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Consistent participation in organized physical activity predicts emotional adjustment in children



The objectives of this study were to derive trajectories of childhood participation in organized physical activity (PA) and to examine how these trajectories are associated with pre-existing and subsequent emotional adjustment.


Trajectories of mother-reported participation in organized PA were derived from age 6 to 10 for 1492 children from the Québec Longitudinal Study of Child Development birth cohort. Parents and teachers reported on internalizing behavior (emotional distress, anxiety, shyness, social withdrawal) at ages 4 and 12, respectively.


Longitudinal latent class analysis identified two typical trajectories of participation in organized PA. The Consistent Participation trajectory (61%) included children with elevated probability of participation at all ages. The Low-Inconsistent Participation trajectory (39%) included children who did not participate or participated only once or twice, generally in late childhood. Pre-existing internalizing behavior at age 4 did not predict trajectory membership. However, children in the Low-Inconsistent Participation trajectory showed higher subsequent emotional distress (B = 0.87, 95% confidence interval [CI] = 0.46–1.28), anxiety (B = 0.61, 95% CI = 0.18–1.04), shyness (B = 0.92, 95% CI = 0.39–1.44), and social withdrawal (B = 0.86, 95% CI = 0.37–1.34) at age 12 than those in the Consistent Participation trajectory.


Our findings suggest that early and sustained involvement in organized PA is beneficial for children’s emotional development.

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This study was specifically supported by a secondary data analytic grant from the Social Sciences and Humanities Research Council (SSHRC-435‐2017‐0784 [awarded to F.N.B.]). The larger Quebec Longitudinal Study of Child Development (QLSCD) is coordinated by the Institut de la Statistique du Québec and is made possible owing to the funding provided by the Fondation Lucie et André Chagnon, the Institut de la Statistique du Québec, the Ministère de l’Éducation et de l’Enseignement Supérieur (MEES), the Ministère de la Famille (MF), the Institut de recherche Robert Sauvé en santé et sécurité au travail (IRSST), the Centre hospitalier universitaire Ste-Justine, and the Ministère de la Santé et des services sociaux (MSSS). Source: Data compiled from the final master file “E1–E20” from the QLSCD (1998–2017). The sponsors did not influence study design, data collection, analysis and interpretation of data, writing of the report, and the decision to submit the article for publication.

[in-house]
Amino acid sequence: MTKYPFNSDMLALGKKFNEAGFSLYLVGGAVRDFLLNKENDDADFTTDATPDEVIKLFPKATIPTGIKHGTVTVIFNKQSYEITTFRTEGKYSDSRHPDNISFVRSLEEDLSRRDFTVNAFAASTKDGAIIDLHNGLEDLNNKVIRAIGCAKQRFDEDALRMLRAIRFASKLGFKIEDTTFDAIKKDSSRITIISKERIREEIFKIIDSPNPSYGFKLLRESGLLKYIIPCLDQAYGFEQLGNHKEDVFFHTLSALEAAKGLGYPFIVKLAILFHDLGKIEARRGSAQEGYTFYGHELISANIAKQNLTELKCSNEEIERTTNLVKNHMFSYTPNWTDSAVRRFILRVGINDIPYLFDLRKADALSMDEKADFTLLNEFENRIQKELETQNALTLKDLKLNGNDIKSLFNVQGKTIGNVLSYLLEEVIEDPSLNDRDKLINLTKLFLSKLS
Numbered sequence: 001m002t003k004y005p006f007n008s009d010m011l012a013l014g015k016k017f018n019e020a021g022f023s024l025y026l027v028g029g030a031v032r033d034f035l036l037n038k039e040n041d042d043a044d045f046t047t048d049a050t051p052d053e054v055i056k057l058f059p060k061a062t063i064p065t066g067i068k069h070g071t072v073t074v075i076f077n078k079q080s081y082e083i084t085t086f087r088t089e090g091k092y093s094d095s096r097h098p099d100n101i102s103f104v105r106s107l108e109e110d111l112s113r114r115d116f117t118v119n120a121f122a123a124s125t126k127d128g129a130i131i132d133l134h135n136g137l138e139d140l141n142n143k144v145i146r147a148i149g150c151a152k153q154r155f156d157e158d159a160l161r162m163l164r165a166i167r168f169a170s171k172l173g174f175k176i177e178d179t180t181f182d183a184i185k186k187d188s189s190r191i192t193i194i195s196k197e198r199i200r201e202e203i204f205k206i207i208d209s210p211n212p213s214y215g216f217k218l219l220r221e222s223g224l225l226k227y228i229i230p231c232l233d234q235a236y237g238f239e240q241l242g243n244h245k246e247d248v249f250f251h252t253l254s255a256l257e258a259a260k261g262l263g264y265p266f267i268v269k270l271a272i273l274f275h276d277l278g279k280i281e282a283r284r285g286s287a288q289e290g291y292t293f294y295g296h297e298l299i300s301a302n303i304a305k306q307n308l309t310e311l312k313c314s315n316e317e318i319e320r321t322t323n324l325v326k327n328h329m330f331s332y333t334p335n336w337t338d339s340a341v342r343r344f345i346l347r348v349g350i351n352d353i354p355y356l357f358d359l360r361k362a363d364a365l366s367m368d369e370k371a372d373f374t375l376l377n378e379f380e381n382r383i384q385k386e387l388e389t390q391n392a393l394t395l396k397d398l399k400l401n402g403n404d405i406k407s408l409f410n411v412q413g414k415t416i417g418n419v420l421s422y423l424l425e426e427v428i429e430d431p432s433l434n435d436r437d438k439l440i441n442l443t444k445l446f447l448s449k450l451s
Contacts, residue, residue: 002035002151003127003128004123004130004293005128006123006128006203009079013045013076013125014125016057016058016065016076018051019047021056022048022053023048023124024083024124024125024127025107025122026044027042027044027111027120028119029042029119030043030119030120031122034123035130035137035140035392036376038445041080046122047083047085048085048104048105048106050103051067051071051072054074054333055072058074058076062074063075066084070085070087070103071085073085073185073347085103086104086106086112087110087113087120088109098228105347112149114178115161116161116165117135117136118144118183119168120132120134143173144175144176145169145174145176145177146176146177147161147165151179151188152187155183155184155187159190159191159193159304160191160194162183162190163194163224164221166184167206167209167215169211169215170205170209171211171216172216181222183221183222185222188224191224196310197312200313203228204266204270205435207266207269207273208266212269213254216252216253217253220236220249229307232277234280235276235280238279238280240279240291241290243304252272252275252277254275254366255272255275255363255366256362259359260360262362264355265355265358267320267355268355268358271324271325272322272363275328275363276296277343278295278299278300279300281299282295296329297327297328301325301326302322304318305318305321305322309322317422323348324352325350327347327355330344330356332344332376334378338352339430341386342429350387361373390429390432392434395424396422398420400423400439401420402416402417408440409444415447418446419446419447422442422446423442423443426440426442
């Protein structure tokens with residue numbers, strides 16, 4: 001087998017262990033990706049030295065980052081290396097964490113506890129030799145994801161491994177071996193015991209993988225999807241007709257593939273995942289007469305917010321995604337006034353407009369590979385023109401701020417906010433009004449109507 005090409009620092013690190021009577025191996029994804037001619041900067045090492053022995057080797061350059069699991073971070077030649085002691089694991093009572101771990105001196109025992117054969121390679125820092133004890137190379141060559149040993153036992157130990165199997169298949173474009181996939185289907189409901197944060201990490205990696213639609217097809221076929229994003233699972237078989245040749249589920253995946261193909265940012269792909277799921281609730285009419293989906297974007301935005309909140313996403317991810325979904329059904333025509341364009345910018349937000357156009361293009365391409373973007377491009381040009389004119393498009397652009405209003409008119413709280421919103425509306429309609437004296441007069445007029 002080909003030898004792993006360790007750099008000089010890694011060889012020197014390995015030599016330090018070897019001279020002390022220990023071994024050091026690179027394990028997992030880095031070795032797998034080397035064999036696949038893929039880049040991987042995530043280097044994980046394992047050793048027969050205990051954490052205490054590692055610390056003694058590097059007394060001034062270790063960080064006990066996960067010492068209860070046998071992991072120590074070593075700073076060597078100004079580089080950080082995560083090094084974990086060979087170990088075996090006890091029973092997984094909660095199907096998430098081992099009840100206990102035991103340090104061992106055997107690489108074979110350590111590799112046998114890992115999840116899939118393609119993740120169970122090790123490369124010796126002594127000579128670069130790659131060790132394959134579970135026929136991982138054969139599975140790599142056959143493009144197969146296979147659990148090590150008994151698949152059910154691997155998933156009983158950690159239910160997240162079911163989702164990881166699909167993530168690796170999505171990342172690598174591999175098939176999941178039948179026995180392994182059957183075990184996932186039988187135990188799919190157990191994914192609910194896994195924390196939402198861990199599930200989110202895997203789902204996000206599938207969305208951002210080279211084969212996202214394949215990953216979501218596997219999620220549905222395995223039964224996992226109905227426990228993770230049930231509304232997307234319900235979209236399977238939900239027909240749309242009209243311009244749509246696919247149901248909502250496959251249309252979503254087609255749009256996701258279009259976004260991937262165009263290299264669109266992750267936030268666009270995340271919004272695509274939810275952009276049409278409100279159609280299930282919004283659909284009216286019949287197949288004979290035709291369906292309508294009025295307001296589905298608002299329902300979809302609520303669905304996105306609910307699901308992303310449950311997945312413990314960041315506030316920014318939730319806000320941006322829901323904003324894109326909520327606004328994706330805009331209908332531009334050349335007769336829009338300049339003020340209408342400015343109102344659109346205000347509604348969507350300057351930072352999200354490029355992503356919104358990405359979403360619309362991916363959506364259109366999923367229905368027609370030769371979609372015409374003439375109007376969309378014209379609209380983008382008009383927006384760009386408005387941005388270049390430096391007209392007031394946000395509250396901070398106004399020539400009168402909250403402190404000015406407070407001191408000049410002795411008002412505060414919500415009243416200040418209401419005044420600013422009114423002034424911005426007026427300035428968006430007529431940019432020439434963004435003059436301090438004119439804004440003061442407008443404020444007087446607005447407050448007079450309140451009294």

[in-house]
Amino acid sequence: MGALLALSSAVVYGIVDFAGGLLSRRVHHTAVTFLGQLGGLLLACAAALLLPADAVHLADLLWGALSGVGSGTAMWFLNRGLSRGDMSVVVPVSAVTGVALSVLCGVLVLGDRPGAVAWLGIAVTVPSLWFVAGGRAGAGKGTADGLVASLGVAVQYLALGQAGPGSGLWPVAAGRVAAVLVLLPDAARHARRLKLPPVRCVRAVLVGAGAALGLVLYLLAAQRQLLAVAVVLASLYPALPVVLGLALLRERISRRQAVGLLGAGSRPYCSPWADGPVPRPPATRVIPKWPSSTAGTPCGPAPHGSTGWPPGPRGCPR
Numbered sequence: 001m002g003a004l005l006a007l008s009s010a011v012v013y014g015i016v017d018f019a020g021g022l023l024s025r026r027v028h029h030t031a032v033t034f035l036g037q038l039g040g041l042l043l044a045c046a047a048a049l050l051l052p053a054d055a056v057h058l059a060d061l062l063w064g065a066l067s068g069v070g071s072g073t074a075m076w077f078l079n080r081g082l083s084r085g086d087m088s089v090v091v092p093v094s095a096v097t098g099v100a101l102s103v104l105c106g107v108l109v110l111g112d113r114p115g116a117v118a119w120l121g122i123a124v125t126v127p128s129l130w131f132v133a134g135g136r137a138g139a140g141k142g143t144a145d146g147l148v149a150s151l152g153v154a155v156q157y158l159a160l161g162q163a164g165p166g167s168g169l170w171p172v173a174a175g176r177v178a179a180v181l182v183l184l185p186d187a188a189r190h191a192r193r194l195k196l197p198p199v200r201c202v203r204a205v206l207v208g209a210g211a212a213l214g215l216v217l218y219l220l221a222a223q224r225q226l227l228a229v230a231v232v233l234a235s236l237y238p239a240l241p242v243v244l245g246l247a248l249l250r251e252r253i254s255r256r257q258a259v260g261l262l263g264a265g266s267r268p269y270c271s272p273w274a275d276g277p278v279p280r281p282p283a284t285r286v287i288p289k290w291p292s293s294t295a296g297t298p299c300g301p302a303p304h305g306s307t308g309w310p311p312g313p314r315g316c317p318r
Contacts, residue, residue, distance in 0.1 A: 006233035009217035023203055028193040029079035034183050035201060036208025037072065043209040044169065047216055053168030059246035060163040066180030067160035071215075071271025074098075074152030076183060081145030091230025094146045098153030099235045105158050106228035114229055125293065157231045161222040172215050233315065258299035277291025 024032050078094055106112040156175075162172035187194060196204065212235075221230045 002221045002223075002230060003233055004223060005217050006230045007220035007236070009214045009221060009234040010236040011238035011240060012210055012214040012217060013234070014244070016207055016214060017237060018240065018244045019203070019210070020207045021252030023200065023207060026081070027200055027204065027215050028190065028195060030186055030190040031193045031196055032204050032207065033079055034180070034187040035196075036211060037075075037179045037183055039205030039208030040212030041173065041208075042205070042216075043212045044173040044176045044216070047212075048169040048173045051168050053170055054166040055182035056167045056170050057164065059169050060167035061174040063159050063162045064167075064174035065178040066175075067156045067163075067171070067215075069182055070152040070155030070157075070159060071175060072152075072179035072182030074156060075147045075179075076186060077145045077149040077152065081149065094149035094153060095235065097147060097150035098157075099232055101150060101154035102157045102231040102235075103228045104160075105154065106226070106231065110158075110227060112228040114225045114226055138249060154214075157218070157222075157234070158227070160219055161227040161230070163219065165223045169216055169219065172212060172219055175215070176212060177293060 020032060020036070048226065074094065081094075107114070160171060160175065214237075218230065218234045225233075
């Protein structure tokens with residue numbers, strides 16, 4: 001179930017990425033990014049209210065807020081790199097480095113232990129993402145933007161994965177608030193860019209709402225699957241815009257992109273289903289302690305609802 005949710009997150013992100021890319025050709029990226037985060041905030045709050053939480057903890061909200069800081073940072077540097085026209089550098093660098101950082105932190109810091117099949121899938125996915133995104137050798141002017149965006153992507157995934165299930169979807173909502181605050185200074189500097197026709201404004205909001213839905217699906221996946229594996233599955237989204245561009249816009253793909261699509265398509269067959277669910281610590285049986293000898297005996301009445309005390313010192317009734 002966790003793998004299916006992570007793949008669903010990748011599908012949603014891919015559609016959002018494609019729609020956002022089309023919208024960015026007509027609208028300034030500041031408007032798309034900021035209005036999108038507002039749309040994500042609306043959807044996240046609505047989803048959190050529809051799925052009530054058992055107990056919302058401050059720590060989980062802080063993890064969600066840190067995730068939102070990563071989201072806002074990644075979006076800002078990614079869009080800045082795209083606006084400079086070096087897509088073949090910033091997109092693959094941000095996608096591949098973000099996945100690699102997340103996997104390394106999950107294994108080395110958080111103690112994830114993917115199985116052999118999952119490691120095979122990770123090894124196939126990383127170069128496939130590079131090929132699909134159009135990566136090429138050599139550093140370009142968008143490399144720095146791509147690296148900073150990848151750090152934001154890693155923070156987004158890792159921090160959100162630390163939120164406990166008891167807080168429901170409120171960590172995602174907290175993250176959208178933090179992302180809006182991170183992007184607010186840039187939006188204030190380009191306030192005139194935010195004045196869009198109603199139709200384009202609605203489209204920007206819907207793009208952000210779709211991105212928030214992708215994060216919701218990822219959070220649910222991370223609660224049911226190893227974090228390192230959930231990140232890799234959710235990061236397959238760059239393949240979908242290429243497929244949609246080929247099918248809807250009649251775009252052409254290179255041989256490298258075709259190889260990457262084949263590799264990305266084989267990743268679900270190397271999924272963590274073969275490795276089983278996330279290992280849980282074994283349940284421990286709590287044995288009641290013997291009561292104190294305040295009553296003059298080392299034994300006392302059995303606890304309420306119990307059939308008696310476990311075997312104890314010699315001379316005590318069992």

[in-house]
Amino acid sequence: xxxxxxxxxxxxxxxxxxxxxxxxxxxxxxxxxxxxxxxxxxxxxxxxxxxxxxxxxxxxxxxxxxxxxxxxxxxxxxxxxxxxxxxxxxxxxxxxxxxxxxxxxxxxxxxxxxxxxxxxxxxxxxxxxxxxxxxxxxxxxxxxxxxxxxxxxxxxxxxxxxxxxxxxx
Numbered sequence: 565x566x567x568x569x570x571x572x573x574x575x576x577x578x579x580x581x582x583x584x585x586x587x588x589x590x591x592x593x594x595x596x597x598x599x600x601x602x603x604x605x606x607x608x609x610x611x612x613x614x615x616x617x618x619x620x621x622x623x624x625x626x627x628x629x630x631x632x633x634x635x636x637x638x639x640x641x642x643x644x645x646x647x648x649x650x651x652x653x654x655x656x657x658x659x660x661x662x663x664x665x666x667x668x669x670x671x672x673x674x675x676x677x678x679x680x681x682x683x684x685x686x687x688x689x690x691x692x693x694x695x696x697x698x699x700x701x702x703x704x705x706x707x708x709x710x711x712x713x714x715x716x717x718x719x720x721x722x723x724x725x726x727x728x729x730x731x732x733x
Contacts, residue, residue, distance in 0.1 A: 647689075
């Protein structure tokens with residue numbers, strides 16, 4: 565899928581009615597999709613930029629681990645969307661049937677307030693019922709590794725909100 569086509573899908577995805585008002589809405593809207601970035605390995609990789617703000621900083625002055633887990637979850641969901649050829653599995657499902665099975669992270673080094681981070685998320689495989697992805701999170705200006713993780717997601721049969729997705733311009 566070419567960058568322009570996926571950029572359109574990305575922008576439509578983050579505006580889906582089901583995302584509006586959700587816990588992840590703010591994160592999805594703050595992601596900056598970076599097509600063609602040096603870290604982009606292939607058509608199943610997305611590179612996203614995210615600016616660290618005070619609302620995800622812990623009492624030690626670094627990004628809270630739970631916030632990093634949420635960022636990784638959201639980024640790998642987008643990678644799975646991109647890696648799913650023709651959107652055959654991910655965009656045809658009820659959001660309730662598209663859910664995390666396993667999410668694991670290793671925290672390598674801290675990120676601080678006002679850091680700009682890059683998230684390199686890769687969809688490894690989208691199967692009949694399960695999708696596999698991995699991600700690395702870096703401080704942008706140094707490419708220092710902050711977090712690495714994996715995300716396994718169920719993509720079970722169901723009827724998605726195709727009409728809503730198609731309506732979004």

Author information

F.N.B. conducted data analyses and played the primary role in conceptualizing the study and writing the manuscript. All authors (1) contributed substantially to the conception and design of the study, as well as interpretation of data; (2) contributed substantially to drafting the article or revising it critically for important intellectual content; and (3) approved the final version to be published.

Competing interests

The authors declare no competing interests.

Correspondence to Frédéric N. Brière.

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